“O’ Lahaina Lahainaluna Nani Ka Hoku Hele Oi o Ka Paki Pika, Ipu kukui a’a mau Pi’io ho lei Kamakani Kahua u la”
You may have heard this from one of Maui’s Local music sensations Keali’i Reichel. He sings about his alma mater, the historic Lahainaluna High School. In 1823 when Protestant Missionaries came to Royal Hawaii, they spoke to the Kingdom leaders of the utmost importance of the children’s education and the importance of an education institution for the Kingdom of Hawaii’s young adults.
Built back in 1831 this high school was opened up as the primary Protestant Missionary high school for the Royal Hawaiian children. It’s principal was Lorrin Andrews. It was first named Lahaina Seminary. In 1834 Hale Pa’i (Ha lay Pa Eye) was built on the campus of the Lahaina Seminary and served as the first Hawaii Printing Press. In 1835 the first senior class graduated from Lahaina Seminary. David Malo Hawaii’s first superintendent of schools, Advisor to the Hawaiian royal family was among those first graduates from the Seminary School.
In 1843 the Seminary separated into 2 separate schools, one part of the campus was renamed Lahainaluna High School (Public Secondary School) and the other half was renamed the University of Hawaii. Since it’s first opening in 1831 Lahainaluna High School has been entered in the United States National Register of Historic Places and to this day serves as the Lahaina and West Maui District High School.
Today this high school is known to many as “The Oldest High School West of the US Western Rocky Mountains” and has the largest Alumni base in the state of Hawaii. Lahainaluna High School also has a boarding program where children from all over the United States and the South Pacific can come and learn here in Hawaii. In Early 2010 this boarding program came so close to closing down and has been saved by many organizations saving the young adults that live here to learn.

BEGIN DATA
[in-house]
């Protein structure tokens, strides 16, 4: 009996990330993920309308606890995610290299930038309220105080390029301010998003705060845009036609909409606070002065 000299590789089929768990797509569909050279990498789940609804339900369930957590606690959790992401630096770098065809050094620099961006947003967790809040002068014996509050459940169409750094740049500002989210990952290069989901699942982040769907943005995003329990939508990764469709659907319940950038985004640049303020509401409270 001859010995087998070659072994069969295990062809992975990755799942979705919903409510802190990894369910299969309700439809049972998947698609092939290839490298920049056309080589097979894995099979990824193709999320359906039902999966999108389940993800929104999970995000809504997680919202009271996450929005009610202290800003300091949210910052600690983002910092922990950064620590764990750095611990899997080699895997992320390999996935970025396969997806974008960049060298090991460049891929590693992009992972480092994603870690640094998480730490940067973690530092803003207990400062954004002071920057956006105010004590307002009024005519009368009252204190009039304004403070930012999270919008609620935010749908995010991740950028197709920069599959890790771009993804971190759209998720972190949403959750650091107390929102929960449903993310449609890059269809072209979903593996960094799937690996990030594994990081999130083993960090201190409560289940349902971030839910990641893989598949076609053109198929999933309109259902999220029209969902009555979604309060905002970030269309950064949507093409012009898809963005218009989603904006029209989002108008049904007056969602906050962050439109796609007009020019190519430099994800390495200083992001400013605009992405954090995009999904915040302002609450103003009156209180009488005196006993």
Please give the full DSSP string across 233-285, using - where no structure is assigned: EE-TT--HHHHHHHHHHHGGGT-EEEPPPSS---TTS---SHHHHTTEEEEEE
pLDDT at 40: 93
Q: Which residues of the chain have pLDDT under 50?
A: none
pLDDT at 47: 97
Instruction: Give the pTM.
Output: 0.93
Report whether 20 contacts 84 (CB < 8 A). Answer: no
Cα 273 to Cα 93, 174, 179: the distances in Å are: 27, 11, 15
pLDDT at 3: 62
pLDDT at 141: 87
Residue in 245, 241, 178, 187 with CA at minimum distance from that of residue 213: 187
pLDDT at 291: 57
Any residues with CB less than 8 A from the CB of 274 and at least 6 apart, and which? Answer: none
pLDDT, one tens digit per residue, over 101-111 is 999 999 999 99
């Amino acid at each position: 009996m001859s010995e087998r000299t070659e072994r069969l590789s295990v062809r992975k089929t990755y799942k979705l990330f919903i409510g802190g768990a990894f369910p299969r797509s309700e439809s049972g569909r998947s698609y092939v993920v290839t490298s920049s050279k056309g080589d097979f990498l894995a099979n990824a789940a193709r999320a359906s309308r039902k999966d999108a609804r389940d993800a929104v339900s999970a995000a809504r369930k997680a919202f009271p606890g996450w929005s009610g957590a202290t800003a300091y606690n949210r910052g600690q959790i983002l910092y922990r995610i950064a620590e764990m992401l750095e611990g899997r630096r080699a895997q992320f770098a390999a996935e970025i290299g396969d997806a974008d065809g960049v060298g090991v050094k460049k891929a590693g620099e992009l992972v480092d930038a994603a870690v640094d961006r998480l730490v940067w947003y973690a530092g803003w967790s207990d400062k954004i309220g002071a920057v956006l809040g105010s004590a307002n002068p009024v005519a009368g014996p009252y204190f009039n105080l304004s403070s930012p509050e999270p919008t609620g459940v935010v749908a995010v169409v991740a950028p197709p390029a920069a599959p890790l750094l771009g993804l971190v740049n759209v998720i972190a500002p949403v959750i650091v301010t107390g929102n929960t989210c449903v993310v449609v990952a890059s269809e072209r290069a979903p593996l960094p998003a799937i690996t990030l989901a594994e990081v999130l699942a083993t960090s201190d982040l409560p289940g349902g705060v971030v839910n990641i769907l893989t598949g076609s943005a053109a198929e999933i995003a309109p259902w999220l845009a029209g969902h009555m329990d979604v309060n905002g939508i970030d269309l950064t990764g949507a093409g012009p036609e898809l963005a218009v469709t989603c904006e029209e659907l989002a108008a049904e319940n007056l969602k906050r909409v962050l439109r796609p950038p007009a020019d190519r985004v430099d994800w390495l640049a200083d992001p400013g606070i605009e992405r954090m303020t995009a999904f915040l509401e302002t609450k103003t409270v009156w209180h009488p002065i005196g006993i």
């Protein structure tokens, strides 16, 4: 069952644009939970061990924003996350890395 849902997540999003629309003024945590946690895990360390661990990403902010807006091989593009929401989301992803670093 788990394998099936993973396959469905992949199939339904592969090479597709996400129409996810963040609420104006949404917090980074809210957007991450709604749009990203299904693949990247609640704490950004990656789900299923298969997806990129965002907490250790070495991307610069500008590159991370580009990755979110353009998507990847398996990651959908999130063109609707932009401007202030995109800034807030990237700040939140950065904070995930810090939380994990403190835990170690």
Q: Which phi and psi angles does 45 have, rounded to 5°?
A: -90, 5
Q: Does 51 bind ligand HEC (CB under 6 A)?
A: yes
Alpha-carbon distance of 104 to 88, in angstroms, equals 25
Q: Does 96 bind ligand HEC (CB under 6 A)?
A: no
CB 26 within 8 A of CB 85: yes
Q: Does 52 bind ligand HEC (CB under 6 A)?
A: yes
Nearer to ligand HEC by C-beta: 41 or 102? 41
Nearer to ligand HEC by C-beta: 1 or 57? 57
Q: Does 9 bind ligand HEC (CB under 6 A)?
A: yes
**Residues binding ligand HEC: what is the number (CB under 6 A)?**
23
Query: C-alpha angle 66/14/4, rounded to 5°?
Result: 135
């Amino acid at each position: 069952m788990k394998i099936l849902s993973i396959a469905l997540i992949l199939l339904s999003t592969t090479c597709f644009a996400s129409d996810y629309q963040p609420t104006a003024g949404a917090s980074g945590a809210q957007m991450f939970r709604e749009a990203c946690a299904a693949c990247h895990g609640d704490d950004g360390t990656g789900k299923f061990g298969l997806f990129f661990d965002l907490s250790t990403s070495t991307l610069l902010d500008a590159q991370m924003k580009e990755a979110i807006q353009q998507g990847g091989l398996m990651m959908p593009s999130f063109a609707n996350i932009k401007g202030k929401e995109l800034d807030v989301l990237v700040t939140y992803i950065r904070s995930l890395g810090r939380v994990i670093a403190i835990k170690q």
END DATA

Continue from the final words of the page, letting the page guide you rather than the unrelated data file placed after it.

Lahainaluna High School is perched high on a hill. The multiple classroom buildings are widespread. The grounds are covered with many benches, pathways, grass, plants and trees, the latter allowing easy-to-find shade even on hot, sizzling days. The campus boasts the ceramic sculpture Orbit byToshiko Takaezu. There is also a small stream near the school, past the Agriculture area. The path to view this stream is against a cliff and is therefore challenging to get to. The red rocks and lush scenery here however, eases one’s trepidation while viewing.
Lahainaluna is also situated high enough on this hill to allow breathtaking views of the Pacific and of the islands of Molokai, Lanai and Kahoolawe. It is simply one of the best views from any school in the islands.
Just wanted to blog about a Historic High School here on Maui. When driving in and out of Lahaina you can see the “L” for the High School. Hope you enjoy your stay here on Maui! A Hui Hou!
Posted by: Bruce Fisher